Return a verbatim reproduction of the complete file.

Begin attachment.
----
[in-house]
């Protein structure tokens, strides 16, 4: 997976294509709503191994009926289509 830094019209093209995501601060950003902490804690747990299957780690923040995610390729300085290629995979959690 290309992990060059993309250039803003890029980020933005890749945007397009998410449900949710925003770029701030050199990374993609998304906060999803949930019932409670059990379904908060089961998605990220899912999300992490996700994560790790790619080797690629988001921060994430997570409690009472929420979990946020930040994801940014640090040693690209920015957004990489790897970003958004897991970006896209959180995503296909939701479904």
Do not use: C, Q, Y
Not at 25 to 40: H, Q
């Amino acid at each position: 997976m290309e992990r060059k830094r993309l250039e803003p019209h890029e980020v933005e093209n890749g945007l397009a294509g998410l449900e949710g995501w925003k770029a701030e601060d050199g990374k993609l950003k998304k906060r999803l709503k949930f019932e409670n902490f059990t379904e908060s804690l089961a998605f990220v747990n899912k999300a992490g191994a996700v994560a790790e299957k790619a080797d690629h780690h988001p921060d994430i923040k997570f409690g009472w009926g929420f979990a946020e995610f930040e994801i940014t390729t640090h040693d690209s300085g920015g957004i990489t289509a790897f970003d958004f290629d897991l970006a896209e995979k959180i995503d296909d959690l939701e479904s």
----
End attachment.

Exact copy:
[in-house]
């Protein structure tokens, strides 16, 4: 997976294509709503191994009926289509 830094019209093209995501601060950003902490804690747990299957780690923040995610390729300085290629995979959690 290309992990060059993309250039803003890029980020933005890749945007397009998410449900949710925003770029701030050199990374993609998304906060999803949930019932409670059990379904908060089961998605990220899912999300992490996700994560790790790619080797690629988001921060994430997570409690009472929420979990946020930040994801940014640090040693690209920015957004990489790897970003958004897991970006896209959180995503296909939701479904």
Do not use: C, Q, Y
Not at 25 to 40: H, Q
């Amino acid at each position: 997976m290309e992990r060059k830094r993309l250039e803003p019209h890029e980020v933005e093209n890749g945007l397009a294509g998410l449900e949710g995501w925003k770029a701030e601060d050199g990374k993609l950003k998304k906060r999803l709503k949930f019932e409670n902490f059990t379904e908060s804690l089961a998605f990220v747990n899912k999300a992490g191994a996700v994560a790790e299957k790619a080797d690629h780690h988001p921060d994430i923040k997570f409690g009472w009926g929420f979990a946020e995610f930040e994801i940014t390729t640090h040693d690209s300085g920015g957004i990489t289509a790897f970003d958004f290629d897991l970006a896209e995979k959180i995503d296909d959690l939701e479904s």